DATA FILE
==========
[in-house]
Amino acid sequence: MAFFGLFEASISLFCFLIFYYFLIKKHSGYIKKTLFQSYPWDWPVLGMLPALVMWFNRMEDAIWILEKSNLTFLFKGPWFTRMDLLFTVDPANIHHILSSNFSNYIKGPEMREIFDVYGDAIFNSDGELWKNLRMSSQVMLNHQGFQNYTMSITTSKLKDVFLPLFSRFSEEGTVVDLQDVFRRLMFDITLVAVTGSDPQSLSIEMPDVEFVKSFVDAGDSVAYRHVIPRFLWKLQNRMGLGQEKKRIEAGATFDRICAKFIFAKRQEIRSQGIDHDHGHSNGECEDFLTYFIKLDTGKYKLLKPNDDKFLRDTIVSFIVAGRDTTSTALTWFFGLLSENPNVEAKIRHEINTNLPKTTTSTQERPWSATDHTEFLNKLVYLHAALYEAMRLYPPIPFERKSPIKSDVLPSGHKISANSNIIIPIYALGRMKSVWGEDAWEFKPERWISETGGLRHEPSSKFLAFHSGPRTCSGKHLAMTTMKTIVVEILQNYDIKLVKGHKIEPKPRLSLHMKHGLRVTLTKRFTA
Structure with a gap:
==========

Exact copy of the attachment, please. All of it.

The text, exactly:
[in-house]
Amino acid sequence: MAFFGLFEASISLFCFLIFYYFLIKKHSGYIKKTLFQSYPWDWPVLGMLPALVMWFNRMEDAIWILEKSNLTFLFKGPWFTRMDLLFTVDPANIHHILSSNFSNYIKGPEMREIFDVYGDAIFNSDGELWKNLRMSSQVMLNHQGFQNYTMSITTSKLKDVFLPLFSRFSEEGTVVDLQDVFRRLMFDITLVAVTGSDPQSLSIEMPDVEFVKSFVDAGDSVAYRHVIPRFLWKLQNRMGLGQEKKRIEAGATFDRICAKFIFAKRQEIRSQGIDHDHGHSNGECEDFLTYFIKLDTGKYKLLKPNDDKFLRDTIVSFIVAGRDTTSTALTWFFGLLSENPNVEAKIRHEINTNLPKTTTSTQERPWSATDHTEFLNKLVYLHAALYEAMRLYPPIPFERKSPIKSDVLPSGHKISANSNIIIPIYALGRMKSVWGEDAWEFKPERWISETGGLRHEPSSKFLAFHSGPRTCSGKHLAMTTMKTIVVEILQNYDIKLVKGHKIEPKPRLSLHMKHGLRVTLTKRFTA
Structure with a gap: